Not only will staff be able to closely monitor and reach their materials more quickly and efficiently, but hospital visitors and patients will also be able to find their way around the hospital much more swiftly, alleviating unnecessary stress and allowing them to focus on the priority of health.
Using Purple’s technology, pharmacies and healthcare providers also have the option to track their medicines on site using mini tags which can help better manage their prescription services. By attaching a mini tag to either a medication bag or an individual vial, applying a BLE tag to a medication cart or by using individual badge tags on delivery personnel, medical providers can better understand where the medication, cart or personnel is located using a mobile device or portal. Upon arrival on site, pharmacies will be notified that medication has arrived by using Purple’s Geo Fences, which initiate notifications.
Purple’s asset tracking solution, combined with the wider intelligent healthcare package, has the potential to help the NHS address the £300m in lost medicine reported every year – money that could pay for more than 11,000 community nurses or almost 20,000 more drug treatment courses for breast cancer.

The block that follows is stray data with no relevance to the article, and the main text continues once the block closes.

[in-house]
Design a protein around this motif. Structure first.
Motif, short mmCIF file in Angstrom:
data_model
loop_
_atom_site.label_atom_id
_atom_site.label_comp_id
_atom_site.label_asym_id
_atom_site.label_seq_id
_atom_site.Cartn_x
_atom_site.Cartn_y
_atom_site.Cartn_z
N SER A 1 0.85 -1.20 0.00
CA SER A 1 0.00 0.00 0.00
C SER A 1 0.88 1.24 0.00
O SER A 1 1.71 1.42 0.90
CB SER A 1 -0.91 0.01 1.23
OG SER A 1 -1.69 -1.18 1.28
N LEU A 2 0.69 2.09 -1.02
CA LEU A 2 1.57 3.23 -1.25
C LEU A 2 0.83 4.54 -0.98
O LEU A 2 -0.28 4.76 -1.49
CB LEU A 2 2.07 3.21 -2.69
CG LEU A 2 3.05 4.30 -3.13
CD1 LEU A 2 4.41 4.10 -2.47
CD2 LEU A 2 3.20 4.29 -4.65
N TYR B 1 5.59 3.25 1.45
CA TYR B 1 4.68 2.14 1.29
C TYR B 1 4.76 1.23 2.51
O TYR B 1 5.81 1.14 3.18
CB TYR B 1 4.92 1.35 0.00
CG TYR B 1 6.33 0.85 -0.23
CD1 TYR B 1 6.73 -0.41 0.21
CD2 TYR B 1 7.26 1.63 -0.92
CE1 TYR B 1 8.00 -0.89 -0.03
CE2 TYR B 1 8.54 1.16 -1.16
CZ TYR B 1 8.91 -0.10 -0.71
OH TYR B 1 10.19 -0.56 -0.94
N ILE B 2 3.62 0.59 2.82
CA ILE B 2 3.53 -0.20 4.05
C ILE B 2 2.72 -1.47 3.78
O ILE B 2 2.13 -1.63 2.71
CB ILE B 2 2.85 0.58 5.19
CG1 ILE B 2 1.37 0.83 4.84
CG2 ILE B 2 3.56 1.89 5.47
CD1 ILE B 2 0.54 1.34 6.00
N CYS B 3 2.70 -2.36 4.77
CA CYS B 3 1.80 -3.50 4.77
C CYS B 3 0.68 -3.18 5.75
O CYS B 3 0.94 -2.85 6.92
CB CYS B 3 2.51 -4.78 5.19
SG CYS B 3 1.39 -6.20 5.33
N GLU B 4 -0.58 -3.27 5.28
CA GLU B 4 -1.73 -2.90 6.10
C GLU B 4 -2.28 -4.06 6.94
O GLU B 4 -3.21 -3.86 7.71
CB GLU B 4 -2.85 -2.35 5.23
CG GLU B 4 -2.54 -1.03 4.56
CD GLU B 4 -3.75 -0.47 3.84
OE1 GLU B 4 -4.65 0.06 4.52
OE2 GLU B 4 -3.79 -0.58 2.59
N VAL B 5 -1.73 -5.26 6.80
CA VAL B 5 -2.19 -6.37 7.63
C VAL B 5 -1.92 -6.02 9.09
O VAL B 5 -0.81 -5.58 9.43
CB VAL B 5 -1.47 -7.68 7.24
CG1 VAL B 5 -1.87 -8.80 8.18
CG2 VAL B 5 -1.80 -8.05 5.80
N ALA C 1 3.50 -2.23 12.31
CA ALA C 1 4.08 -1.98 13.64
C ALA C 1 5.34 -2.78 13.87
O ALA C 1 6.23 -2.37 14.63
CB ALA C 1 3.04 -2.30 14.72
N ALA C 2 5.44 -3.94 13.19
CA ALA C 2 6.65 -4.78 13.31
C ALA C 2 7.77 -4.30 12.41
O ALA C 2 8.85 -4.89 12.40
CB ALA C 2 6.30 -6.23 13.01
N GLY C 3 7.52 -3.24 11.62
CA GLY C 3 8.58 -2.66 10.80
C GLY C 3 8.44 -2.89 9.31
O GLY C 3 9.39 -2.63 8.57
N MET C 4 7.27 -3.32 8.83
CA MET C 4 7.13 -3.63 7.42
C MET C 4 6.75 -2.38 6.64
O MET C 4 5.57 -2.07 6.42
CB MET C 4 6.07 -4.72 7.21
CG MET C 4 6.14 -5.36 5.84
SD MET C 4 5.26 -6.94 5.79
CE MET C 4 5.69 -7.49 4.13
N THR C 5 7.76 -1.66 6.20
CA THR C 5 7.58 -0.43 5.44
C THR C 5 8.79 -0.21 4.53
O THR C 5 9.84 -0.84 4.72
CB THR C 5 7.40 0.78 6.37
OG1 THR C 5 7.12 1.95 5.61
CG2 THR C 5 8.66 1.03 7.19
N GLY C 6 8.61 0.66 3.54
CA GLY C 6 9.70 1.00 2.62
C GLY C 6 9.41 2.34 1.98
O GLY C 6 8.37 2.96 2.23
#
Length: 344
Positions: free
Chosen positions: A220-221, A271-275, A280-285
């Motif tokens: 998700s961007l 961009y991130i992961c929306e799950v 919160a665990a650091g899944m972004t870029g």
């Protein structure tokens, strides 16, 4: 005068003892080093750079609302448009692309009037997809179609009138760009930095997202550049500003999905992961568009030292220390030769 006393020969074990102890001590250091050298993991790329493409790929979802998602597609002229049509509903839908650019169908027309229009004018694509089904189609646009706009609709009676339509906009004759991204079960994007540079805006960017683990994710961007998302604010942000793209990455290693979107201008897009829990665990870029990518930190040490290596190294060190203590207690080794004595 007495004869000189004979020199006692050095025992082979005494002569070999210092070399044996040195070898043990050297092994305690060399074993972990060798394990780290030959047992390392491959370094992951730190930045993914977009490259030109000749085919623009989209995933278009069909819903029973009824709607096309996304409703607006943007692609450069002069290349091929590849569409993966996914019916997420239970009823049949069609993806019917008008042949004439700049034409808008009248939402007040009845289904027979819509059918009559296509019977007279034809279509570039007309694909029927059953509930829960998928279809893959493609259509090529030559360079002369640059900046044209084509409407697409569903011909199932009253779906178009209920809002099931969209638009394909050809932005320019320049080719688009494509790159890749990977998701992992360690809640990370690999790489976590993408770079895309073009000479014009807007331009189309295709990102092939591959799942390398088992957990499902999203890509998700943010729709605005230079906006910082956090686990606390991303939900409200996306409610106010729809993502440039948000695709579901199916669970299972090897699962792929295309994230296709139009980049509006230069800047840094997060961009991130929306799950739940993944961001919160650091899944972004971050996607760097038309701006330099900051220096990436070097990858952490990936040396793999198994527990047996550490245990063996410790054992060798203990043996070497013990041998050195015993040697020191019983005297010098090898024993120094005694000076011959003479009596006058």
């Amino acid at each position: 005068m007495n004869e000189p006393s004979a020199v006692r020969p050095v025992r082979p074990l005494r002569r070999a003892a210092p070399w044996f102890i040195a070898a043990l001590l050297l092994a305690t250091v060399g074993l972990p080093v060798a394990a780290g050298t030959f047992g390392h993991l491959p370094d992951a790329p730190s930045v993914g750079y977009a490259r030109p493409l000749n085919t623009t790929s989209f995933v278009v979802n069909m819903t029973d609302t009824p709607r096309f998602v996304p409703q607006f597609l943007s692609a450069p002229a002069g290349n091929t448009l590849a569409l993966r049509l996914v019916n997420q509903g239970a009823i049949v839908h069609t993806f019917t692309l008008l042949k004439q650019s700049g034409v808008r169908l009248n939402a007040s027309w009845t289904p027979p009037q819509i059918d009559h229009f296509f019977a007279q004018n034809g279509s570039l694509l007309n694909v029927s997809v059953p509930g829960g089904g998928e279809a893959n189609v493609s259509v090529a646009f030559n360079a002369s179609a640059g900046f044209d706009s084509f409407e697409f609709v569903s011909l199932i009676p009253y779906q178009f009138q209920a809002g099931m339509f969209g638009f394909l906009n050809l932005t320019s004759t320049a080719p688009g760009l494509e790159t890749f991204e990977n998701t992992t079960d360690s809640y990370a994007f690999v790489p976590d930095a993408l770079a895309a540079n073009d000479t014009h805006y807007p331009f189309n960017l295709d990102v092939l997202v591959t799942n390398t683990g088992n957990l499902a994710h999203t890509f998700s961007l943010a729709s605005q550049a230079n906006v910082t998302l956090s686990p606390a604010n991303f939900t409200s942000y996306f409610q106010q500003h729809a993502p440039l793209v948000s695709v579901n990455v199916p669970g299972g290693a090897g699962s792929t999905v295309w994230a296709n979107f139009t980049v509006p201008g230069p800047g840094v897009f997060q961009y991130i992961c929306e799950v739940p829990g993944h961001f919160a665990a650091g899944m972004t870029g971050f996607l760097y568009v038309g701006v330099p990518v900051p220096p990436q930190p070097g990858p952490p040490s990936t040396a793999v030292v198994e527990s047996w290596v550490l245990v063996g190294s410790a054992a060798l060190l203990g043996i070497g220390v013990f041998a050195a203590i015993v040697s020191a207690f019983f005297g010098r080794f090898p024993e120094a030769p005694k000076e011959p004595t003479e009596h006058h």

A trusted provider
With 60 per cent of British employees now using apps on their mobile phones to perform their duties to a higher standard, this shift to tech-first will be a key driver in the digitalisation and future of the healthcare sector.
Purple already provide Wi-Fi to a number of healthcare providers in the UK, including Croydon University Hospital and Queen Elizabeth Hospital King’s Lynn NHS Foundation Trust. As well as providing connectivity for patients, staff and visitors, Purple’s service it goes beyond the limits of everyday Wi-Fi, allowing for real time alerts and information sharing.
In partnership with VCU Health, their team were able to harness its wayfinding solution to create a personalised navigation app for all eight buildings and the VCU Medical Centre as well as its corresponding parking decks. Vitally, Purple’s resource here offers patients a downloadable route which can take them from their front door right to their appointment.
Their app gives a turn-by-turn direction to the exact unit or clinic location allowing patients to arrive on time and anxiety-free. Patients are also equipped with the ability to manually search for facilities such as food and dining and shops on site – and even return to their car or other saved locations.
The future of the sector
Without doubt, the increasing support required by the NHS and wider healthcare community is staggering. Fortunately there is a straightforward solution at hand. These technological advances will serve to alleviate nurses’ valuable time, reducing unnecessary admin and relieving some of the additional stress encountered in the workplace.
If Purple’s Intelligent Healthcare platform can go even part-way to bridging the gap in staff shortages and waiting times, it will have succeeded in its aim. Equipping healthcare professionals with the tools they need, will allow them to focus on delivering vital care, transforming the patient experience for the better.